Is mulitcellular life like us just the new kid on the biological block, a latecomer to a world dominated by single-celled organisms like bacteria? Perhaps not—multicellular life could be nearly half as old as the Earth itself.
A new study out today in Nature identifies fossils from Gabon in Africa that date back 2.1 billion years. The organic material is long gone, but the scientists say these are the oldest multicellular organisms ever found. That date takes them way back before the Cambrian explosion 500 million years ago that made multiple-celled life widespread on the planet.
“We have these macrofossils turning up in a world that was purely microbial,” says Stefan Bengtson, a palaeozoologist at the Swedish Museum of Natural History in Stockholm and a co-author on the report. “That’s a big deal because when you finally get big organisms, it changes the way the biosphere works, as they interact with microbes and each other” [Nature].
It’s hard to know for sure that these specimens—which don’t have a name yet and grew up to five inches across—are truly multicellular, because no organic material remains. Sometimes bacteria live in larger sheets, and those aren’t true multicellular organisms. But in this case, study author Abderrazak El Albani says, the complex structure shown by the fossil remains show signs of communication between cells.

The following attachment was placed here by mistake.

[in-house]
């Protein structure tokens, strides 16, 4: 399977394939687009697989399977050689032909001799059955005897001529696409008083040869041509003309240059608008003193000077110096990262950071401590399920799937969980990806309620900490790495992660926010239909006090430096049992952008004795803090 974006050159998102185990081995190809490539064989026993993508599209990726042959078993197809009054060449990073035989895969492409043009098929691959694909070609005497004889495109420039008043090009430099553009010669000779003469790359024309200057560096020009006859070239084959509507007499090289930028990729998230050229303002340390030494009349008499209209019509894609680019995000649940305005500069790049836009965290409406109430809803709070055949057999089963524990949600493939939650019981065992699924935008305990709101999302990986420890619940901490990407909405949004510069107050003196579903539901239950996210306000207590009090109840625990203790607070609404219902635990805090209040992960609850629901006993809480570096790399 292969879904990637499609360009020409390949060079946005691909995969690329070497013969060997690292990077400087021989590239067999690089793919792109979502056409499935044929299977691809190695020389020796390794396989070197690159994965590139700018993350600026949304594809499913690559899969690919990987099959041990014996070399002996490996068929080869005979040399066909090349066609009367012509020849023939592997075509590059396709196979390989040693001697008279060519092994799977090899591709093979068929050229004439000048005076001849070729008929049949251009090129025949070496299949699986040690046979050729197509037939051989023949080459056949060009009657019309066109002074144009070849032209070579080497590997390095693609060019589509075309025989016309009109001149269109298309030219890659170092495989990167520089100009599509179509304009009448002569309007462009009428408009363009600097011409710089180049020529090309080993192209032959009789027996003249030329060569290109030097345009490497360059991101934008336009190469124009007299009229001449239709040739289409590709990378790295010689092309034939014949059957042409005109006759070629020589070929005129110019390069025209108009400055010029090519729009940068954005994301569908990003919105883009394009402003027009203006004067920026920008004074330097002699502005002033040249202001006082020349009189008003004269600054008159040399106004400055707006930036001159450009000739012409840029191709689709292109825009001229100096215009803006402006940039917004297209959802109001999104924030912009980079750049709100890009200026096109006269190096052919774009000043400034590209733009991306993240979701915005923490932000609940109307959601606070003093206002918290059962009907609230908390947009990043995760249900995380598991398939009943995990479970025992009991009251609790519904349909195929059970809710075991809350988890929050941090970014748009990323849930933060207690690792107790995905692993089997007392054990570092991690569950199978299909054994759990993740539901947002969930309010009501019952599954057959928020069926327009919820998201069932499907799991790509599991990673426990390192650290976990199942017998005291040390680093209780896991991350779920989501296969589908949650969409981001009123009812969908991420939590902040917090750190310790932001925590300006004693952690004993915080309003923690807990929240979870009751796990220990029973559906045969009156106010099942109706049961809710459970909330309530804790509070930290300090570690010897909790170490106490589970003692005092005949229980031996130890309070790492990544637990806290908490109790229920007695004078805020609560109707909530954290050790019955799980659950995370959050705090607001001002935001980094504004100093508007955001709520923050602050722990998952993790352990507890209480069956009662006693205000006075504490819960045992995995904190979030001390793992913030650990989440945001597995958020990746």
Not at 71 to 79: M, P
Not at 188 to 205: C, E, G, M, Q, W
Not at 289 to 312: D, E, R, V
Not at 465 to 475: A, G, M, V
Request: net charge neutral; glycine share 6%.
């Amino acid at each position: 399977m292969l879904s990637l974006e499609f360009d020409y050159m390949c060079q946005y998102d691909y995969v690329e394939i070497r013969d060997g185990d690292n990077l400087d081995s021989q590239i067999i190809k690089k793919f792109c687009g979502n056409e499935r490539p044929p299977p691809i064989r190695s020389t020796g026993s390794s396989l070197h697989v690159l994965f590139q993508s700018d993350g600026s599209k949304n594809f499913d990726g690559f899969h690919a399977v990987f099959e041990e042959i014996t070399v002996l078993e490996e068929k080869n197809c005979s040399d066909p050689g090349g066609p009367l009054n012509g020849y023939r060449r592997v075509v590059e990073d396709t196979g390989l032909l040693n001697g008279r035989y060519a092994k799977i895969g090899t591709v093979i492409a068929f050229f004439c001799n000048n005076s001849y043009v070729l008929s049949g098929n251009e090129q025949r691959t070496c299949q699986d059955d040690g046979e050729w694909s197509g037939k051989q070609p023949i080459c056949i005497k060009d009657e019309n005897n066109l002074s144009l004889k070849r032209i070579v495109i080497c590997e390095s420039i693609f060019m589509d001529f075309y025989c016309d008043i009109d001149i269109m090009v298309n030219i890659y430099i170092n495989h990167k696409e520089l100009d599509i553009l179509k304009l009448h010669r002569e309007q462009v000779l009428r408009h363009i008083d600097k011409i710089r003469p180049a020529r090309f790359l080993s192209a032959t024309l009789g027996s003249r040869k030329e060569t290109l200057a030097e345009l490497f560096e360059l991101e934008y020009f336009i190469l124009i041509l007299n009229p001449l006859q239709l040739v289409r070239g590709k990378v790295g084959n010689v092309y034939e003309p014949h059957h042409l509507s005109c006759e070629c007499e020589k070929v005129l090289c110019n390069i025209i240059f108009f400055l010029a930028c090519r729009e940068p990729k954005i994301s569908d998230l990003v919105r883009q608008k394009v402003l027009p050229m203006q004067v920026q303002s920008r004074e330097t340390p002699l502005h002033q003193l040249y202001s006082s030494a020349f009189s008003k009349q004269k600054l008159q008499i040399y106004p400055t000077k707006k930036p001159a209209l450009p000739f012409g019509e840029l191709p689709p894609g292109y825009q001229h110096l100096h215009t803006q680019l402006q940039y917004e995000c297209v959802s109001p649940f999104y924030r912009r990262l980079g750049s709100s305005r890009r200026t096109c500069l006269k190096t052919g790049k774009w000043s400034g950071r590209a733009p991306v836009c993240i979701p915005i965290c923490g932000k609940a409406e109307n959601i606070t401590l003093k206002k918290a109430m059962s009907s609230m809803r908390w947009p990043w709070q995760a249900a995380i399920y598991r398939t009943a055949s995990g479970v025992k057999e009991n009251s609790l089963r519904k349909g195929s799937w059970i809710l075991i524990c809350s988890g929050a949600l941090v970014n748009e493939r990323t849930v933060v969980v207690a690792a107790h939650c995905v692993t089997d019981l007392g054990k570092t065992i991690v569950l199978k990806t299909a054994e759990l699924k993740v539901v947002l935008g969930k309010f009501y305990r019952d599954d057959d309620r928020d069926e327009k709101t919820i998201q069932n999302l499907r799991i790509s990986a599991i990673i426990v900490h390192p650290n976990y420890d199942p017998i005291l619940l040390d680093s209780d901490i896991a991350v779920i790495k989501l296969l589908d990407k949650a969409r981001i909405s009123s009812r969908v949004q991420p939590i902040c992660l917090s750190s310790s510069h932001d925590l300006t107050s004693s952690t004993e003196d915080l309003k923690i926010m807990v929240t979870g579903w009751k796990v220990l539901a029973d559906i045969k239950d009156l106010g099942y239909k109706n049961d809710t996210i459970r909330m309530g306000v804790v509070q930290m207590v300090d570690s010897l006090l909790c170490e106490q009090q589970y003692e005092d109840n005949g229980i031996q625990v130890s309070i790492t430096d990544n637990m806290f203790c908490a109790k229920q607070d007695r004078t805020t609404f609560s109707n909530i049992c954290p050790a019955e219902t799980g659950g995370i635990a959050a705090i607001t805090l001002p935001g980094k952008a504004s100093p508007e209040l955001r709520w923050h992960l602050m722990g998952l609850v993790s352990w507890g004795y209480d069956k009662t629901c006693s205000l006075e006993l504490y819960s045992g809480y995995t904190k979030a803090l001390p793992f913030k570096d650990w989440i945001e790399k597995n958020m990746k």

And, he says, the timing of these fossils suggests why the organism was able to become more complex: There was suddenly lots of oxygen back then.
Just a few million years before … the newly discovered fossils appear in the fossil record, Earth experienced what’s called the Great Oxidation Event. The sudden evolution of photosynthesizing bacteria radically changed Earth’s atmosphere, kick-starting its transformation from nearly oxygen-free into today’s breathable air [Wired.com].
Importantly, even if these fossils are the oldest-known multicellular organisms, that doesn’t mean they were the ancestors of all multicellular life, Donoghue said. “Multicellularity hasn’t evolved just once; it’s evolved almost 20 times even amongst living lineages,” he said. “This is probably one of a great number of extinct lineages that experimented with [increased] organismal complexity” [The Scientist].
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Image: Abderrazak El Albani and Arnaud Mazurier